Shifting thinking in crisis communication and the multitude of approaches to its study can be seen in the key texts of the late 20th and early 21st centuries. Auf der Heide 1989 presents an impressive set of maxims and principals for emergency responders based on a synthesis of empirical research and emergency management experience. Benoit 1995 is one of the most cited texts addressing image restoration theory, which explores the varying message strategies that can be used to recover face and public trust in the aftermath of organizational negligence or wrongdoing. In terms of the ongoing nature of crisis communication, Coombs 1999 offers the seminal thinking on considering message strategies and implementation during three stages he identifies as precrisis, crisis, and postcrisis. Ray 1999 also uses a three-stage approach to the conceptualization of crisis communication, relying on case studies from the airline industry to explore not only best practices in crisis scenarios but the varying factors both within and outside the organization that influence these decisions. From a case study standpoint, Fearn-Banks 2002 uses casebooks from several organizational crises to illustrate the practical steps that communication professionals take in their attempts to regain public trust, using these cases as living laboratories for evaluating crisis practices. Seeger, et al. 2003 offers a synthesis of an enormous body of theory and research in organizational crises with a specific focus on crisis communication. Heath and O’Hair 2010 is a state-of-the-art overview of what is known about the intersection of crisis communication and risk communication drawing from empirical scholarship in communication, psychology, sociology, risk analysis, economics, political science, and other social sciences.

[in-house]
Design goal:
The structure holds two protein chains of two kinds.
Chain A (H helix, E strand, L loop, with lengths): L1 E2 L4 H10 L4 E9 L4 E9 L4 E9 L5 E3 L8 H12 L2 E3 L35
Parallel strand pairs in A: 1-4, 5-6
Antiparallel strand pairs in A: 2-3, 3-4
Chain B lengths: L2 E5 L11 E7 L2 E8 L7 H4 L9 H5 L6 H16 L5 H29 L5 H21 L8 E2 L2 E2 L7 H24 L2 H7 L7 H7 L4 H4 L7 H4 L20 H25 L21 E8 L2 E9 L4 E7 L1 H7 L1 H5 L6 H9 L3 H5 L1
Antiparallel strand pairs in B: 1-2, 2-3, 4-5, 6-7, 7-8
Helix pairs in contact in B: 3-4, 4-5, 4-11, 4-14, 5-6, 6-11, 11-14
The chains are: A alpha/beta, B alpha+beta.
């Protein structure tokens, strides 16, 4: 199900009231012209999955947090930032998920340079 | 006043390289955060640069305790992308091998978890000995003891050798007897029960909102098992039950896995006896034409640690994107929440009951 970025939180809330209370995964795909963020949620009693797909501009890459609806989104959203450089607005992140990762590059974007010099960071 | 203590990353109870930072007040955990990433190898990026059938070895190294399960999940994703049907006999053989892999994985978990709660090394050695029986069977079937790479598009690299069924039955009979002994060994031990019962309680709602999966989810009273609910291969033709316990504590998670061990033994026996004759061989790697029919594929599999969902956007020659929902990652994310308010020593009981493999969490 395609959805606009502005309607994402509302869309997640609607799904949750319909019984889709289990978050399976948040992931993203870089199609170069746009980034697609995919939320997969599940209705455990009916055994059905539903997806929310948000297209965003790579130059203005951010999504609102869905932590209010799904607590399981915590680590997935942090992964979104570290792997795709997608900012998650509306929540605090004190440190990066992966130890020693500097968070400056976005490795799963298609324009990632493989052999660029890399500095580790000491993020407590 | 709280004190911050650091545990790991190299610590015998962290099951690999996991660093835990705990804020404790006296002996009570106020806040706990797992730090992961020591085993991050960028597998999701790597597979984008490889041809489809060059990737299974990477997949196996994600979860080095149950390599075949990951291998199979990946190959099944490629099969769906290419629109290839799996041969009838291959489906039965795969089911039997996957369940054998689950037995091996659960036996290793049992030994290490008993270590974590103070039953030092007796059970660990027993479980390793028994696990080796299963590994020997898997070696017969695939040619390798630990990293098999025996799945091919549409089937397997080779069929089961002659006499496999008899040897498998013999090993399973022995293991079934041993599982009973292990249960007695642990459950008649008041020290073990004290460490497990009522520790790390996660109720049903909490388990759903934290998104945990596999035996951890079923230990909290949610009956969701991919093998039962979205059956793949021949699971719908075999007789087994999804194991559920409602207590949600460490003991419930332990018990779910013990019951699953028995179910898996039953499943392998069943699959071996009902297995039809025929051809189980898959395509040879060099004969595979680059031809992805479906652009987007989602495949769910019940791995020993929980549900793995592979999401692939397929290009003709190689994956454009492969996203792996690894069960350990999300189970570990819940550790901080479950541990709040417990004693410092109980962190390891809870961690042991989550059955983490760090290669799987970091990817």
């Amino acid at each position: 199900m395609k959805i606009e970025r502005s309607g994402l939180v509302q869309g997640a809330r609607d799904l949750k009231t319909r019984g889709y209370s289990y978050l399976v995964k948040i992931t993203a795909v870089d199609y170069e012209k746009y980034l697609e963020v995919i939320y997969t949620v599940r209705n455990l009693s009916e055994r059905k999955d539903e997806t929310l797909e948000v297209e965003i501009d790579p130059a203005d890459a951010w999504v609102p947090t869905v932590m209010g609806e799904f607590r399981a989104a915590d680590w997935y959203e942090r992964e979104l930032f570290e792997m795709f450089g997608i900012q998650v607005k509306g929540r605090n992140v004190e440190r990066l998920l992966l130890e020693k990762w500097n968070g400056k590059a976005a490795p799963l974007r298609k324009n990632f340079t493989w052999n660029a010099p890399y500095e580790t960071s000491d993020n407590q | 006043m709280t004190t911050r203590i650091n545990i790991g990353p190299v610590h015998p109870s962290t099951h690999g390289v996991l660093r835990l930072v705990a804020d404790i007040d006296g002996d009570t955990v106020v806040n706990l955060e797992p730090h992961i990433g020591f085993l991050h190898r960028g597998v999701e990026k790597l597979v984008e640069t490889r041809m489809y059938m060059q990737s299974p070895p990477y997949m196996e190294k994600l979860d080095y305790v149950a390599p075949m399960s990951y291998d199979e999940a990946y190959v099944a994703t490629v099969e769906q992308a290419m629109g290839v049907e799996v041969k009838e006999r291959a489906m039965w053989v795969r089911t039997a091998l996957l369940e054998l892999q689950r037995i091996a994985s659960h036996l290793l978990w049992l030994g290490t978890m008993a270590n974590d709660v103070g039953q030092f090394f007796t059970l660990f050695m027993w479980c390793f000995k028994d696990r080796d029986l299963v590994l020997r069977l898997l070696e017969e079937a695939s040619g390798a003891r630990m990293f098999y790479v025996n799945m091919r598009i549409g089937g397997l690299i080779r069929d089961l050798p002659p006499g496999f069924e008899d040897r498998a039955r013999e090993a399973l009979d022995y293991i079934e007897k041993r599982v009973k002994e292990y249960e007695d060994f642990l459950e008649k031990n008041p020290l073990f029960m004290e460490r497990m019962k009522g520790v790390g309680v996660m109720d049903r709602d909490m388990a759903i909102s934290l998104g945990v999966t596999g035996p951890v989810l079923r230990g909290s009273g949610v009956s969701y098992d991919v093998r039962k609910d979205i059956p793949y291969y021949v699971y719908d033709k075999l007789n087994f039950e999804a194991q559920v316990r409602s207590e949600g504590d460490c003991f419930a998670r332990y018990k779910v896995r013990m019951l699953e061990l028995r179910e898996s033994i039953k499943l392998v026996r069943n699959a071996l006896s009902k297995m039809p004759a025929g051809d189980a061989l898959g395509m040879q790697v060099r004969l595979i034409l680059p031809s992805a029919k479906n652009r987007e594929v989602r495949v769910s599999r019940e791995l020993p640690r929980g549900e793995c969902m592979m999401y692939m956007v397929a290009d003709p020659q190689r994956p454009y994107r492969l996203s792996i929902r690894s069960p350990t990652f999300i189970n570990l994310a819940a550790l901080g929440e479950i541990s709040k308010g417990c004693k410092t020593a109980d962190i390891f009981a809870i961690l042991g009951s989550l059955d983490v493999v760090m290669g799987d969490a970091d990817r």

• Auf der Heide, Erik. 1989. Disaster response: Principles of preparation and coordination. St. Louis: Mosby.

    Auf der Heide presents a thorough, interdisciplinary collection of work grounded in empirical research in disaster management and response. Using a systems perspective, he examines problems and common mistakes that repeat themselves in disaster-prone communities. While these observations are framed for a medical audience, they are of equal value to psychologists, sociologists, and communication scholars.

  • Benoit, William L. 1995. Accounts, excuses, and apologies: A theory of image restoration strategies. Albany: State Univ. of New York Press.